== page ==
Minnesota ranch looks to regenerate land rather than sustain it
REDWOOD FALLS, Minn. — A pair of monarch butterflies fluttered by Grant Breitkreutz as he stood in a field of cover crops.
"The wildlife we got back here on the farm is unbelievable," he said.
Besides the butterflies, there are pheasants, quail and partridge, and "you can't even count" the deer, he explained in a visit to his farm this month. Many of the species hadn't been seen in decades until they reappeared in recent years. Breitkreutz attributes the increase in wildlife to the soil health practices implemented on the farm
But, even more importantly than the influx of wildlife, the changes made on Stoney Creek Farm have reduced input costs while maintaining or exceeding prior crop and cattle performance.
"This is keeping us in business," Breitkreutz said.
Breitkreutz and his wife, Dawn, are proponents of what they call "regenerative agriculture." To them, sustainability isn't enough. Why would one want to sustain a degraded resource? Instead, the Breitkreutzes want to "regenerate" their farm — fix it and continue to improve it for the future.
To that end, Stoney Creek Farm is 100 percent no-till on every crop and grows cover crops during or after every crop to keep living roots in the soil at all times. Cattle are cell-grazed across every acre to ensure they "get a hoof print across every inch," Breitkreutz said.
The Breitkreutzes' practices have garnered them awards and honors over the years. Most recently, Soil Health Consultants LLC held a Soil Health Academy at Stoney Creek Farm from July 31 to Aug. 2. The group's four partners, Allen Williams, Gabe Brown, Ray Archuleta and David Brandt, all came to the farm northwest of Redwood Falls for the event, along with participants from seven states and one Canadian province, ranging from college students to active and retired farmers and university professors.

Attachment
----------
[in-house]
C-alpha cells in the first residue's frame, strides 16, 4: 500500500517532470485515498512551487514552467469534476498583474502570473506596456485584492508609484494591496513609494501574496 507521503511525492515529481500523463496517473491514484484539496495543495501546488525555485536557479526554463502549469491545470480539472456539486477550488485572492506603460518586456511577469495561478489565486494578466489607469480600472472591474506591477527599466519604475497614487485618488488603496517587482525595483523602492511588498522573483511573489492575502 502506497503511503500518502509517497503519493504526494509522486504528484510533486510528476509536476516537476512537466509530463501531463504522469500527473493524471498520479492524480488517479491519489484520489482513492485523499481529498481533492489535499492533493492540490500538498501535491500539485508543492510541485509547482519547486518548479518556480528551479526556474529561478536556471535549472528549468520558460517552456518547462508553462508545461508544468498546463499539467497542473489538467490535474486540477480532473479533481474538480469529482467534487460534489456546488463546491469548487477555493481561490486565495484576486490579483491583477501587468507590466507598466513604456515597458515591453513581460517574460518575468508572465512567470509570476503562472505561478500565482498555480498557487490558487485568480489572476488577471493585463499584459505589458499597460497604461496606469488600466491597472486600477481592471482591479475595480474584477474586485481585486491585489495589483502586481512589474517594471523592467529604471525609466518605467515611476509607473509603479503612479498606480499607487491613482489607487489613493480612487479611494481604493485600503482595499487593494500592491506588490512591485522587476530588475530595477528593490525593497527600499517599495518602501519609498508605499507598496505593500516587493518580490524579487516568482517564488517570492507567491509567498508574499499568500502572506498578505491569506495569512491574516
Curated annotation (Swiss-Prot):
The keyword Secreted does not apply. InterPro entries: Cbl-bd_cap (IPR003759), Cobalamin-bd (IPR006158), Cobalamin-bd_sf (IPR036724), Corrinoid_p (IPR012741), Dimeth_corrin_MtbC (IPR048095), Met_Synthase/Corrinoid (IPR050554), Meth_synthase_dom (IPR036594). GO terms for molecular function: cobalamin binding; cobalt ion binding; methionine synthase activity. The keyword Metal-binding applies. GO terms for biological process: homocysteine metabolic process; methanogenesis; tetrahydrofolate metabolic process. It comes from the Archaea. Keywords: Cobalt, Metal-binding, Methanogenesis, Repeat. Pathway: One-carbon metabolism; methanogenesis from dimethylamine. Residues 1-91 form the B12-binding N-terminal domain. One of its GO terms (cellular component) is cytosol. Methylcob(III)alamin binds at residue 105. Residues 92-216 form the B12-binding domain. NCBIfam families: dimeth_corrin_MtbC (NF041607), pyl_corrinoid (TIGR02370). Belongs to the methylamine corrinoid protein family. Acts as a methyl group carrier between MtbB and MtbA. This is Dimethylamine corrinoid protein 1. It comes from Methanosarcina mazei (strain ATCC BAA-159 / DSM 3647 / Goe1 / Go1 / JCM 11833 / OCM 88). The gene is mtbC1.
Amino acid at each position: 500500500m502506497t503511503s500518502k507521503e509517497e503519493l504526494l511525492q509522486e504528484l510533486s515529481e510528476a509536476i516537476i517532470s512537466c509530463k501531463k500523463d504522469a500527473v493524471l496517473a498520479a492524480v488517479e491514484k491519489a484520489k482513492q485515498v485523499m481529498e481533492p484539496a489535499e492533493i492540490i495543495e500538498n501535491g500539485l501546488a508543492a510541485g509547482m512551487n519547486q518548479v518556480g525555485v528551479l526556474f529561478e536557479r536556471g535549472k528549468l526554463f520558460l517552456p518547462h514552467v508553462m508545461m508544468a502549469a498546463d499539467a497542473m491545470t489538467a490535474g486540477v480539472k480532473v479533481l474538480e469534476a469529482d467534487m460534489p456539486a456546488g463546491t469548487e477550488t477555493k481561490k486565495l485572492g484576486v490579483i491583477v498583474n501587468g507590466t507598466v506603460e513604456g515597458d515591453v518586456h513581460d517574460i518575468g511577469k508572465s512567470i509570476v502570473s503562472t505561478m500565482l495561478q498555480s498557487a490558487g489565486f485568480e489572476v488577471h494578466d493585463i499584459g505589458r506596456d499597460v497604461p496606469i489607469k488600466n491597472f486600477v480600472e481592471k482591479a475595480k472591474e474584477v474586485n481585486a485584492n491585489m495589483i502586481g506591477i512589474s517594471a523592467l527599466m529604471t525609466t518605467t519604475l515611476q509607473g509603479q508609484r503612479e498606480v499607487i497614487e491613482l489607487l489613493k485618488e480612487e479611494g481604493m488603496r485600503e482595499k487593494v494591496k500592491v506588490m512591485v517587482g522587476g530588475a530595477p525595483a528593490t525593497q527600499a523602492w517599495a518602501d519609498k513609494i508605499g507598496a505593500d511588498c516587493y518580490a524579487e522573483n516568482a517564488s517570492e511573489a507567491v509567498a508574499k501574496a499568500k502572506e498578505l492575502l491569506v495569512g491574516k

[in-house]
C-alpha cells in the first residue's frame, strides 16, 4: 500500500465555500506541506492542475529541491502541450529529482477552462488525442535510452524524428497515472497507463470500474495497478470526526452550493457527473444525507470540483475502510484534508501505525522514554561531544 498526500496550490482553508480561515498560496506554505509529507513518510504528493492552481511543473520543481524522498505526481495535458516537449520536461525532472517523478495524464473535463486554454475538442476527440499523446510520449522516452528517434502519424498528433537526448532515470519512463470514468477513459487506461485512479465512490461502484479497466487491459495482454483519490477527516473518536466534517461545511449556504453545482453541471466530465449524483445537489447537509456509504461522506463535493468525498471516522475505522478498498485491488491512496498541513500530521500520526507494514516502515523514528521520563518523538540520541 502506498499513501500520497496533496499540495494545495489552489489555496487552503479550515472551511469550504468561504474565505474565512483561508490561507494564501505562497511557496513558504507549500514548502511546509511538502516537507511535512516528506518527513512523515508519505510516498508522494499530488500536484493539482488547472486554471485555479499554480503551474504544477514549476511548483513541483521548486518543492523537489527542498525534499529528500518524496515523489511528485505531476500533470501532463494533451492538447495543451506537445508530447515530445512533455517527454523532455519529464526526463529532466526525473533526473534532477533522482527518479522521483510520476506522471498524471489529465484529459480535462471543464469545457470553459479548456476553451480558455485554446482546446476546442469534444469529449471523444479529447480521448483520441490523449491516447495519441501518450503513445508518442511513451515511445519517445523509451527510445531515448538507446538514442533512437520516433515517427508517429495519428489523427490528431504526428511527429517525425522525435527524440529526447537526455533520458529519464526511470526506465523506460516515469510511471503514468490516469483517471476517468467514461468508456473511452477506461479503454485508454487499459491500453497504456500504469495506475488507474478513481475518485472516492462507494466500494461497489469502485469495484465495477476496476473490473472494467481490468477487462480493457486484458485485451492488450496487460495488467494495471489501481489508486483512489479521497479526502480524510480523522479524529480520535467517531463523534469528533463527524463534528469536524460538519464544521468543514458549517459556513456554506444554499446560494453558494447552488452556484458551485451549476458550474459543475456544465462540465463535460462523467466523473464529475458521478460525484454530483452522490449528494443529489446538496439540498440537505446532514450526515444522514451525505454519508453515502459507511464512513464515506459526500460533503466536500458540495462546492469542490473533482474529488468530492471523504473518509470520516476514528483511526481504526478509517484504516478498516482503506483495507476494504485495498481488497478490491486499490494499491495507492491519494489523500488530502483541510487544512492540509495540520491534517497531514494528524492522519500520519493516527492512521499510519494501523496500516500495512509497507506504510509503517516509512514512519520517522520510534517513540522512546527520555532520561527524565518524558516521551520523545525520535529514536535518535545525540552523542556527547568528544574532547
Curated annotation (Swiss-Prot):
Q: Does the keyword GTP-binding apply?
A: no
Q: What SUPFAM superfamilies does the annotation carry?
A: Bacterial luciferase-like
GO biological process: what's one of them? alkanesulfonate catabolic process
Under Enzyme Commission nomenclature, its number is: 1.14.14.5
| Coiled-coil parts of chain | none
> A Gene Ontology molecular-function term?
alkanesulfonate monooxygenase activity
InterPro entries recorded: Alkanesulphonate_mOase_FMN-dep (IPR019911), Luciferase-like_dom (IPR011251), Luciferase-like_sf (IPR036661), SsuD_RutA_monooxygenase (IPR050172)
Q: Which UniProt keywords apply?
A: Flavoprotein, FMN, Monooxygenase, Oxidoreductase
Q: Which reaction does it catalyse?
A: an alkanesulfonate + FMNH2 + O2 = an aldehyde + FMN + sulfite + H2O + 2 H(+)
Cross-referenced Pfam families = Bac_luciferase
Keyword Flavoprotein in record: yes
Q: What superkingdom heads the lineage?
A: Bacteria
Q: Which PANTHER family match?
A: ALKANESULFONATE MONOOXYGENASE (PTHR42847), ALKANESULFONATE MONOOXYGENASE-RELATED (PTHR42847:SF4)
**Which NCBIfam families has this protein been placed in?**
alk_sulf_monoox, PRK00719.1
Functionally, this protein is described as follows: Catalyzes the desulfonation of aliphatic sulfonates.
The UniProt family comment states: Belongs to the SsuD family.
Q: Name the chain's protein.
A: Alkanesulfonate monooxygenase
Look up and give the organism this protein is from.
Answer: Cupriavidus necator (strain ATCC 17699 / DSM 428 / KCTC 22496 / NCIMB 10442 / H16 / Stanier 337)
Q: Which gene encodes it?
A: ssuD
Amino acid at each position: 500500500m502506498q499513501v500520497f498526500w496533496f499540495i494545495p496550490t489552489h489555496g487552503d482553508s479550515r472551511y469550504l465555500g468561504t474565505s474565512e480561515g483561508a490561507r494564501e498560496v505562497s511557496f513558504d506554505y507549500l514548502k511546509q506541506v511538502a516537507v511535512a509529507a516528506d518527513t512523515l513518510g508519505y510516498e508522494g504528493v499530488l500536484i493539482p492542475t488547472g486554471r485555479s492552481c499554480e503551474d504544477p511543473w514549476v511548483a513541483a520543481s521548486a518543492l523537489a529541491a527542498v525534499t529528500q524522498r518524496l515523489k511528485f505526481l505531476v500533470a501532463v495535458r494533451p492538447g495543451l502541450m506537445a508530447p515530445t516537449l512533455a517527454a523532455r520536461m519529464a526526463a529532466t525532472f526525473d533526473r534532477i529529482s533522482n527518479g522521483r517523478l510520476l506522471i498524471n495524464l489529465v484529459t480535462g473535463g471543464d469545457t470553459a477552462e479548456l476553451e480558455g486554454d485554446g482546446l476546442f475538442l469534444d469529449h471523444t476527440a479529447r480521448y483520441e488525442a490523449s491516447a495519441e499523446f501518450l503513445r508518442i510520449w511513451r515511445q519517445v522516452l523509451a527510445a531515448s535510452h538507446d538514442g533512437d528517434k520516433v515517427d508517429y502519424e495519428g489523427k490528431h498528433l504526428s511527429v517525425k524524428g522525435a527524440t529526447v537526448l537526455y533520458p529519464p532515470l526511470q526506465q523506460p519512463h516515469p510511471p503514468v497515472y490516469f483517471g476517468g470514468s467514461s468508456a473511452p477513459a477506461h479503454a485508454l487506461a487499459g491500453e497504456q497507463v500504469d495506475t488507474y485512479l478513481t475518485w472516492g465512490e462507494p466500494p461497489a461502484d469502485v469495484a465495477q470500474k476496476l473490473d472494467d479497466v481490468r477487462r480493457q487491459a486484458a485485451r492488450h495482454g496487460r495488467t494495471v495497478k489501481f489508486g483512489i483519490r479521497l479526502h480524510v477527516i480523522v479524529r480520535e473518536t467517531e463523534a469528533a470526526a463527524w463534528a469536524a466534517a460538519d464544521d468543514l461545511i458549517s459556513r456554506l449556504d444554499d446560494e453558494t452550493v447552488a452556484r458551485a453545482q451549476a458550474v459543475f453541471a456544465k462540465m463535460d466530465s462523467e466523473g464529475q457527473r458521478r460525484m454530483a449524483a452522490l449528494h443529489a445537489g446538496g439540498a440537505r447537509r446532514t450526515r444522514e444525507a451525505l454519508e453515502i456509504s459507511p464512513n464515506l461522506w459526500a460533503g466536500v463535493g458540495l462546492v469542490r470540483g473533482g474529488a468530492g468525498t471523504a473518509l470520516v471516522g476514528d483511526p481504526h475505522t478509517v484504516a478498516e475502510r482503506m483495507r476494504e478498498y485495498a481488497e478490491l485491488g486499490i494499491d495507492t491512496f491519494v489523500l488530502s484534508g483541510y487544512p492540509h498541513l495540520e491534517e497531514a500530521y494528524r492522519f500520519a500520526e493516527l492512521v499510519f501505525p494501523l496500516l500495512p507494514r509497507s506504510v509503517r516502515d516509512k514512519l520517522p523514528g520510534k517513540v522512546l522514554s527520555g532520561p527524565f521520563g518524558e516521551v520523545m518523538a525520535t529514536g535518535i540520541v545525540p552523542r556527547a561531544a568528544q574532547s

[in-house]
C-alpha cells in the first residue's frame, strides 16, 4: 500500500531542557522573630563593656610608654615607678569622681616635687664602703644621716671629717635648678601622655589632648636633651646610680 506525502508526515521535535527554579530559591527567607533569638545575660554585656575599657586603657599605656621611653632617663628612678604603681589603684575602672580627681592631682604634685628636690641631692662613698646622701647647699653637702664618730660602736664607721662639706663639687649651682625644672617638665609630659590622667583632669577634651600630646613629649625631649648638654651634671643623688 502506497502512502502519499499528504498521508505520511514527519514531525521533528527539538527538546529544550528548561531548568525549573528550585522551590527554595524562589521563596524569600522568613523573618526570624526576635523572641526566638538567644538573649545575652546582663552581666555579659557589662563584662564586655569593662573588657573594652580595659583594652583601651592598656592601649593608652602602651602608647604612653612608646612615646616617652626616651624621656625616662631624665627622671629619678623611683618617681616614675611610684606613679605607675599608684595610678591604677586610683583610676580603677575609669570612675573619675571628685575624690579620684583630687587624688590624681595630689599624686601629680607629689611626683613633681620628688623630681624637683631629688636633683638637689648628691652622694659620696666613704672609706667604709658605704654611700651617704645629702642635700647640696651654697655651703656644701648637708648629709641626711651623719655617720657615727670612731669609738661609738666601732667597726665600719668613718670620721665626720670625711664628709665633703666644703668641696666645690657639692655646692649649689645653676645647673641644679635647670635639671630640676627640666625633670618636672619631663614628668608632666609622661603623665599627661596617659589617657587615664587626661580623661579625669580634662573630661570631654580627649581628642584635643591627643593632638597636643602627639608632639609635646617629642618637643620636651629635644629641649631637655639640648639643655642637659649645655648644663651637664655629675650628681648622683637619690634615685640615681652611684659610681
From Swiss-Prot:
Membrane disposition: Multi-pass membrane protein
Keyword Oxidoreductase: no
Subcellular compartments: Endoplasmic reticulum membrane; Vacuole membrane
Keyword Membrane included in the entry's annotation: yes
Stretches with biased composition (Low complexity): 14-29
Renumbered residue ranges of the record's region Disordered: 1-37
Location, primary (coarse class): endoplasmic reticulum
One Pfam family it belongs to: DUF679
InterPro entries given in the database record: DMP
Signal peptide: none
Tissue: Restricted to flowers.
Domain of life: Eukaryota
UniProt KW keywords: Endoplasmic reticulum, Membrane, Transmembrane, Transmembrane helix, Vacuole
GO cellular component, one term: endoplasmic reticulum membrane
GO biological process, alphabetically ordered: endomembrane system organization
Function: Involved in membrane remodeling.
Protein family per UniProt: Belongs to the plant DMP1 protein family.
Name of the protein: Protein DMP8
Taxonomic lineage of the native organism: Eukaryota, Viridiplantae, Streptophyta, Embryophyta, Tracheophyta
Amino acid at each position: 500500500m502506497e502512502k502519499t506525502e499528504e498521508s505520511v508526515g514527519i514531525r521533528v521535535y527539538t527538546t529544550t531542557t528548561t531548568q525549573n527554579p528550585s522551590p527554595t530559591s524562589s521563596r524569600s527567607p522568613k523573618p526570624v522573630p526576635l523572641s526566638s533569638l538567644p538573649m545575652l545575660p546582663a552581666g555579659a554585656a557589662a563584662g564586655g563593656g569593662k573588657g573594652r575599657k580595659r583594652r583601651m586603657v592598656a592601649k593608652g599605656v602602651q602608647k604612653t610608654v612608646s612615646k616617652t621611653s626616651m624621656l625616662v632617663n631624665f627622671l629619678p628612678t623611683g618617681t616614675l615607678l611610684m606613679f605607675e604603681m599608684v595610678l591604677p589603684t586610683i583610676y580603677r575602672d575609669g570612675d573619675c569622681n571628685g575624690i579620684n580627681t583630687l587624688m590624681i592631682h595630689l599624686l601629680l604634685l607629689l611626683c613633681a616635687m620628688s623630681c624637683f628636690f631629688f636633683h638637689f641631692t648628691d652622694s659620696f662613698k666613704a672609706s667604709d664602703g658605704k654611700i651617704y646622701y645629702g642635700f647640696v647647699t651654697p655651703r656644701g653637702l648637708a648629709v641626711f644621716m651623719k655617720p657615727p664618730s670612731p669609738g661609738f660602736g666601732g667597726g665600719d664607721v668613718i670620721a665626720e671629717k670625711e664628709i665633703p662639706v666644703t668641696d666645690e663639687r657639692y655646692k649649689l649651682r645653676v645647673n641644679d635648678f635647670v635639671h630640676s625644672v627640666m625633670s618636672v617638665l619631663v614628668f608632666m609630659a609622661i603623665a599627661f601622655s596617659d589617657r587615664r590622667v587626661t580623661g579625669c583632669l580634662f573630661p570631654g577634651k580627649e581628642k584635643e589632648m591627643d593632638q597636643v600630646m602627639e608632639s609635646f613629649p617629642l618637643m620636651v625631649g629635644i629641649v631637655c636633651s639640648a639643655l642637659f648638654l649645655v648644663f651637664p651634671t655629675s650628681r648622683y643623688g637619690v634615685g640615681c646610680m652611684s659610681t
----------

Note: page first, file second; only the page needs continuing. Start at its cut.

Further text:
The workshop addressed how improved soil health can affect such issues as profitability, the impact of droughts or floods, water quality and fertilizer inputs, and provided instruction on things like increasing organic matter, implementing integrated pest management strategies, designing cover crop mixes and integrating livestock into cropping systems.
Those lessons all are on display at Stoney Creek Farm, where the Breitkreutzes are striving to quit using commercial fertilizers. They now use .2 pounds of nitrogen to produce each bushel of corn, and they have maintained an actual production history of 190 bushels per acre. It costs them $2.59 to produce each bushel of corn, which means even the relatively low local corn price of $3.21 per bushel turns a profit.
Additionally, the Breitkreutzes have seen higher percentages of protein in their corn and other feeds, which has helped when they run it through their livestock.
"They're gaining on way less feed," Breitkreutz said.
Breitkreutz stresses the importance of constant learning and finding new and better ways to do things. The cover crops on which he stood did not turn out the way he expected. But still, he has found a use for it.
"This is actually a complete failure," he said. "But we're going to make it into something. We're going to graze it."
They use a three or four crop rotation most years and have worked to determine combinations of crops and cover crops that will most adequately hold nitrogen from manure. For cover crops, they most often go with a nine-seed mix consisting of three grasses, three legumes and three brassicas.
"We're trying to make improvements all the time," he said.
Grant Breitkreutz credits his wife with pushing him to make changes by getting him to provide the "why" for what he was doing. Just because something has always been done one way doesn't mean it's right, they explain. Dawn Breitkreutz continues to challenge her husband by asking "why" something has to be done, which gets him to stop and consider his reasons.
"That keeps me thinking all the time," Breitkreutz said.
The changes at Stoney Creek Farm haven't just improved the soil health and the financial viability of the farm. It's recharged the Breitkreutzes' enjoyment of their way of life. They advise other farmers to consider making changes to their farms and to think through what is truly best for them, rather than what's best for their input providers.
"It's gotten to be fun again," Breitkreutz said.